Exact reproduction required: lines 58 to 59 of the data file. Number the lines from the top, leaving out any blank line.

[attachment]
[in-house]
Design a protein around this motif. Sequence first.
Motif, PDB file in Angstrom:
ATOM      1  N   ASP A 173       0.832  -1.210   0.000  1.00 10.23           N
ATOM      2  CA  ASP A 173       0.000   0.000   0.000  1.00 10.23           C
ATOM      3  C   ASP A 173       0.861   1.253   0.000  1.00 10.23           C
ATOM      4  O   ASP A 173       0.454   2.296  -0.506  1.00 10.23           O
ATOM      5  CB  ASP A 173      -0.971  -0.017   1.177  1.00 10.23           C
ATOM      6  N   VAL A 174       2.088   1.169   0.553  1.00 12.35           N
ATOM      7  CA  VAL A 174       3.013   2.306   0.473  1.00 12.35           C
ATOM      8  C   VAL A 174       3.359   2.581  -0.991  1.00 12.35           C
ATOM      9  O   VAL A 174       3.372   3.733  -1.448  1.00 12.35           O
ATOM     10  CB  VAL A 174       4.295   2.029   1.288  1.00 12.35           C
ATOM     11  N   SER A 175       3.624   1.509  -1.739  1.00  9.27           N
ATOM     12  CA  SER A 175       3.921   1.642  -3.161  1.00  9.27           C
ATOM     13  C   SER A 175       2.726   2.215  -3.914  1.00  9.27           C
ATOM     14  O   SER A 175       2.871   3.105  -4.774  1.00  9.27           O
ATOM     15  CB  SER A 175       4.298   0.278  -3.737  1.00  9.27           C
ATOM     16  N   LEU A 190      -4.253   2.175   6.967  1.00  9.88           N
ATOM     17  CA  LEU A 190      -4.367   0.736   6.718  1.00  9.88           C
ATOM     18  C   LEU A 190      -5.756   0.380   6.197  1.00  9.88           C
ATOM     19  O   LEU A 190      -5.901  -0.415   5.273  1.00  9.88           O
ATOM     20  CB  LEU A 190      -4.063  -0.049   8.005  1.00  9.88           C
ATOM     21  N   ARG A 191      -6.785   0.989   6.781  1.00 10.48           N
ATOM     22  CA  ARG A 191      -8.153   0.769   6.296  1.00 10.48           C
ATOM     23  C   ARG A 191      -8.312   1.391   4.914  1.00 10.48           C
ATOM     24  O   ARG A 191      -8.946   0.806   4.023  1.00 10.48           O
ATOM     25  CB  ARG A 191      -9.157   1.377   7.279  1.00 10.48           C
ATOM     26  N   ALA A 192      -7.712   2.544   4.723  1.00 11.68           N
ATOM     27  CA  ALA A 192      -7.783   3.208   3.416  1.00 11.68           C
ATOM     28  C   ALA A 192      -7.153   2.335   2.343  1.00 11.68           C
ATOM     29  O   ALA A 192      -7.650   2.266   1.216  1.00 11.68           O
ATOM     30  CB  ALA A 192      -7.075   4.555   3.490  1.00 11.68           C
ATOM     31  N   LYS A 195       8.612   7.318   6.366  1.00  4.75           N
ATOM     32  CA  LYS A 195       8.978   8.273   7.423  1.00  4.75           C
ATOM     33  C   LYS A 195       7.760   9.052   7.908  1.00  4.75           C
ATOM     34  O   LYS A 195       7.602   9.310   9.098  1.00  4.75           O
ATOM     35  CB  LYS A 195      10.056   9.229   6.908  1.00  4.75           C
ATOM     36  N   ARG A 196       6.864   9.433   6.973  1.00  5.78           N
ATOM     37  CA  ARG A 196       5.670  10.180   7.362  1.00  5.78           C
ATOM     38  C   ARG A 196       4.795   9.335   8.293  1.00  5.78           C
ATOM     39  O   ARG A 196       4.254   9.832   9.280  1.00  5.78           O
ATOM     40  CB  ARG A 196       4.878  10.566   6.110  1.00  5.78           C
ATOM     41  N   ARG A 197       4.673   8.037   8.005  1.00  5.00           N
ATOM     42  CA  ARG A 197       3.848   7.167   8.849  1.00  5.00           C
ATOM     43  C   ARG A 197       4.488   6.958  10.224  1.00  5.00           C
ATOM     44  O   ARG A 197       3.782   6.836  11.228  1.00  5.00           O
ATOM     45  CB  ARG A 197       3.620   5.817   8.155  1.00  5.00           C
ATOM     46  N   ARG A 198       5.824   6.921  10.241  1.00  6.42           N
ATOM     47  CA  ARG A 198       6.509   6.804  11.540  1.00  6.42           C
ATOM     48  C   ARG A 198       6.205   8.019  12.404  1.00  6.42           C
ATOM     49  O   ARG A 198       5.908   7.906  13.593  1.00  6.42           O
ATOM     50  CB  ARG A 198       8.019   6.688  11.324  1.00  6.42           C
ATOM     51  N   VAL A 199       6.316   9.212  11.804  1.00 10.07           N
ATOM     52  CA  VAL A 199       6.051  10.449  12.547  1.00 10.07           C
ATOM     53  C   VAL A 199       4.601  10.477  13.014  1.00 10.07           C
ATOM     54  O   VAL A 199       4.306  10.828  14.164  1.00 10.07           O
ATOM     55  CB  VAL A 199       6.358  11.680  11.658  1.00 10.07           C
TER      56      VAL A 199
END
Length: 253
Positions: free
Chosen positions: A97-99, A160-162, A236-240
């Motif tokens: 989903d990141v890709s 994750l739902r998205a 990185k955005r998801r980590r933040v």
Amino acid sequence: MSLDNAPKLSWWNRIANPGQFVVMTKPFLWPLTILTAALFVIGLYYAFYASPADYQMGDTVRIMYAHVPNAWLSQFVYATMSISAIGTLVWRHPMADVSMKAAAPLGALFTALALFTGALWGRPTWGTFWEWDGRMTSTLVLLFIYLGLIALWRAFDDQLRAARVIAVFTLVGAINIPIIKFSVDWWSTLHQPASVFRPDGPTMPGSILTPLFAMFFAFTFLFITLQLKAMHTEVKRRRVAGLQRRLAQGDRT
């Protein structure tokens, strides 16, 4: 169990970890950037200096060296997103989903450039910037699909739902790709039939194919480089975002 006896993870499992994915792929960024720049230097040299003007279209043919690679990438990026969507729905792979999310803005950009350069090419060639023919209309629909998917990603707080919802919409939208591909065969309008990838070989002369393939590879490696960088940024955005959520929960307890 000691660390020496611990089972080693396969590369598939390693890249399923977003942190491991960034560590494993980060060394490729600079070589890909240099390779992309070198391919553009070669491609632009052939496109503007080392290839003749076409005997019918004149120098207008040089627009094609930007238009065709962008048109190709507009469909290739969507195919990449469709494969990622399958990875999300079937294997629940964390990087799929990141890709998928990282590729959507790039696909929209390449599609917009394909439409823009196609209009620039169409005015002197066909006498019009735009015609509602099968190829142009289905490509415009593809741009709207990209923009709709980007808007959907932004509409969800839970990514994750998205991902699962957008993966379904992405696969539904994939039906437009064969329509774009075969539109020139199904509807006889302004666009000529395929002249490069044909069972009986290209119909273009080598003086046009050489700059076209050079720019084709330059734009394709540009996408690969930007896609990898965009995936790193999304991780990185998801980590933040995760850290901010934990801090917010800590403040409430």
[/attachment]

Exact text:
ATOM     55  CB  VAL A 199       6.358  11.680  11.658  1.00 10.07           C
TER      56      VAL A 199